No formal management plan has yet been established to guide moose management in Oregon. However, by statute, the ODFW will manage moose to protect and perpetuate moose and their habitats to provide optimum recreational and aesthetic benefits to citizens of the state. In cooperation with the Confederated Tribes of the Umatilla Indian Reservation, and the Umatilla National Forest, the ODFW initiated research to capture and radio-collar moose in the northern Blue Mountains to gather baseline information on habitat use, seasonal movements, and recruitment of resident moose. In 2008, 6 adult moose (5 cows and 1 bull) were captured by net-gunning and radio-collared; 1 collar (cow) quit transmitting shortly after capture. In 2009 an additional cow was radio collared, another collar quit operating, and 3 collared moose died of unknown causes. In 2010, radio-collars were deployed on 3 more adult cows. Of 10 collared moose, 4 received GPS transmitters and 6 VHF transmitters. The GPS transmitters were programmed to obtain 8 locations per 24 h, and the VHF moose were ground or aerially located 1-4 times per month. All moose were captured during winter months, and appeared healthy with no observed winter ticks (Dermacentor albipictus) or other external parasites.
The northern Blue Mountains of Oregon contain coniferous forests managed by private landowners, timber companies, ODFW, and the Umatilla National Forest. Much of the Blue Mountains are bisected by steep rugged drainages. Preliminary information flora radio tracking indicates moose are utilizing much of the same range during winter and summer months, at elevations of 1100-1700 m. Currently 7656 and 109 locations have been generated from the GPS and VHF moose, respectively. Formal analysis of location data has not been completed; however, visual observations of radioed moose and plotted locations on orthoimagery indicate most habitat use by moose occurs in the upper reaches of drainages where topography is less precipitous. Past and current silvicultural practices, wildfires, and controlled burns in the region have resulted in a wide variety of timber stands and openings in various stages of succession.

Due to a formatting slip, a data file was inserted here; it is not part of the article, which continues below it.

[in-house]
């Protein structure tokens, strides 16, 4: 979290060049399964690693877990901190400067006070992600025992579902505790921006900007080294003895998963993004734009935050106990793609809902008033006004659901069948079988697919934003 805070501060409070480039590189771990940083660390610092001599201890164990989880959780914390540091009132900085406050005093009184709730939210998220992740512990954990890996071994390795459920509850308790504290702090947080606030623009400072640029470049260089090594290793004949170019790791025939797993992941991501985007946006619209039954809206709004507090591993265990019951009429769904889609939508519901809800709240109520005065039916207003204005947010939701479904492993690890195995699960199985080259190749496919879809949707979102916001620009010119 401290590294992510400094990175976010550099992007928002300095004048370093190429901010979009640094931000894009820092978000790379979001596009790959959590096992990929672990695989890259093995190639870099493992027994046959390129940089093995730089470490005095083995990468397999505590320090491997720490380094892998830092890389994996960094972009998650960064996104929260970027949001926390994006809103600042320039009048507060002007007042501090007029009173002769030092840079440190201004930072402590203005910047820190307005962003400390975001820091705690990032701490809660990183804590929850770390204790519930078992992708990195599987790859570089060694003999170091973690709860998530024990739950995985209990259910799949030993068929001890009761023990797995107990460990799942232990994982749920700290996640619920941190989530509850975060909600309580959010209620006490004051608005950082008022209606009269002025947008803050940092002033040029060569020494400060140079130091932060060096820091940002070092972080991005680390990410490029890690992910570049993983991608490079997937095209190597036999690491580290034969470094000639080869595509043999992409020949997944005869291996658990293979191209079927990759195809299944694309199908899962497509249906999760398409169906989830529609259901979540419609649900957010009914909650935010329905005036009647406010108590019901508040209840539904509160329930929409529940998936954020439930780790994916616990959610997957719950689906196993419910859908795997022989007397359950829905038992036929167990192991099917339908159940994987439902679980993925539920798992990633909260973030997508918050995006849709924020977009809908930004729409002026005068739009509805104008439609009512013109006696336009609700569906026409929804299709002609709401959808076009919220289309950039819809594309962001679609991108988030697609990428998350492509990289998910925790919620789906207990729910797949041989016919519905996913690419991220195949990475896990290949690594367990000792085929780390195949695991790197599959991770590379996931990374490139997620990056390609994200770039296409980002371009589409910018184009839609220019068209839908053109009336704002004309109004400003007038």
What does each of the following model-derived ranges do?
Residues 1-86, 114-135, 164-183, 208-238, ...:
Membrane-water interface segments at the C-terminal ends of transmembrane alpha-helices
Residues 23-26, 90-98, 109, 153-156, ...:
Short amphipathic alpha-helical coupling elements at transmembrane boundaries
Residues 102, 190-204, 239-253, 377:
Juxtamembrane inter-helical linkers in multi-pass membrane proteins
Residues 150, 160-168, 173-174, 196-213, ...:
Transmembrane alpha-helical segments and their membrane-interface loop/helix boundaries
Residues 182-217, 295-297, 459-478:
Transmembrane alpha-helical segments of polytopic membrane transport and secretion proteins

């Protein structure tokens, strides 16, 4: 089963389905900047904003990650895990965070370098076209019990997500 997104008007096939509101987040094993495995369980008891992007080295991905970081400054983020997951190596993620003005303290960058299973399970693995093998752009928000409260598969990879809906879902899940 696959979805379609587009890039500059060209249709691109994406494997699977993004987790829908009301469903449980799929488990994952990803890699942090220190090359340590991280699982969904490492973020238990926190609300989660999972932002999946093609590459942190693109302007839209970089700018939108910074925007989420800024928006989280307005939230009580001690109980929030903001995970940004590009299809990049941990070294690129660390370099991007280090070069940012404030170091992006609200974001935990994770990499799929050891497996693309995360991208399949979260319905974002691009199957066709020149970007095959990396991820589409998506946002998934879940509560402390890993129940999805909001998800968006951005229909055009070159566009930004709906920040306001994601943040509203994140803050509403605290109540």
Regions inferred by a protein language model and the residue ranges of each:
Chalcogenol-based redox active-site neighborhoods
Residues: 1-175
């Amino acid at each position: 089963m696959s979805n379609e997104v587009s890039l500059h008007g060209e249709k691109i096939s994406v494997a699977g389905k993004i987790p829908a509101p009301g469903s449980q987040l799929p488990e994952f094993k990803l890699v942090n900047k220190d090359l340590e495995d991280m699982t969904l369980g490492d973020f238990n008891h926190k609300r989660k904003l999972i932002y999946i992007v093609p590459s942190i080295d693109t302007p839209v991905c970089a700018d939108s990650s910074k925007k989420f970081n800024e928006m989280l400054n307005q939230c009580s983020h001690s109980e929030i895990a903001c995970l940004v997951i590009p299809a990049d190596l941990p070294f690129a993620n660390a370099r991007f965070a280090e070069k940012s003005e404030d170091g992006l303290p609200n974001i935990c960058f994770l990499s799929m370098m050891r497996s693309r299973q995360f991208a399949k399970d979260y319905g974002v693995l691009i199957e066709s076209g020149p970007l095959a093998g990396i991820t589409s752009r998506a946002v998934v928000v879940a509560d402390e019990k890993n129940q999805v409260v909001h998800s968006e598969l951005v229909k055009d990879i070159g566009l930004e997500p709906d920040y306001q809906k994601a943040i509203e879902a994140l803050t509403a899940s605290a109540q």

In summer months moose appear to be utilizing older stands of mixed lodgepole pine (Pinus contorta), western larch (Larix occidentalis), Engelmann spruce (Picea engelmannii), Douglas fir (Pseudotsuga menziesii glauca), and true firs (Abies spp.) that are adjacent to logged openings. Recently logged areas often contain Scouler willow (Salix scouleriana), ceanothus (Ceanothus spp.), serviceberry (Amelanchier alnifolia), common chokecherry (Prunus virginiana), Rocky Mountain maple (Acer glabrum), sticky current (Ribes viscosissimum), and other deciduous species.
During winter moose remain in mountainous areas where past logging activity has created dense stands of mixed conifer and deciduous species, until deep snow apparently causes them to move to slightly lower elevations. Moose move across deep drainages, but rarely remain on canyon side walls for extended periods. Only 2 of 10 radio-collared moose spent a substantial amount of time in riparian habitats along river corridors during summer months; river bottoms were not used during winter months.
REPRODUCTION AND MORTALITY
At the time of capture, 6 of 9 captured cow moose were accompanied by 7-9 month old calves. All radio-collared cows were believed to have produced calves each year they were monitored based on observation of calves or typical maternal behavior. One of 4 calves born to radio-collared cows survived to at least 11 months of age in 2008, as did 1 of 2 in 2009. In 2010, 5 cows produced 5 calves that survived to at least 11 months of age, including 1 set of twins.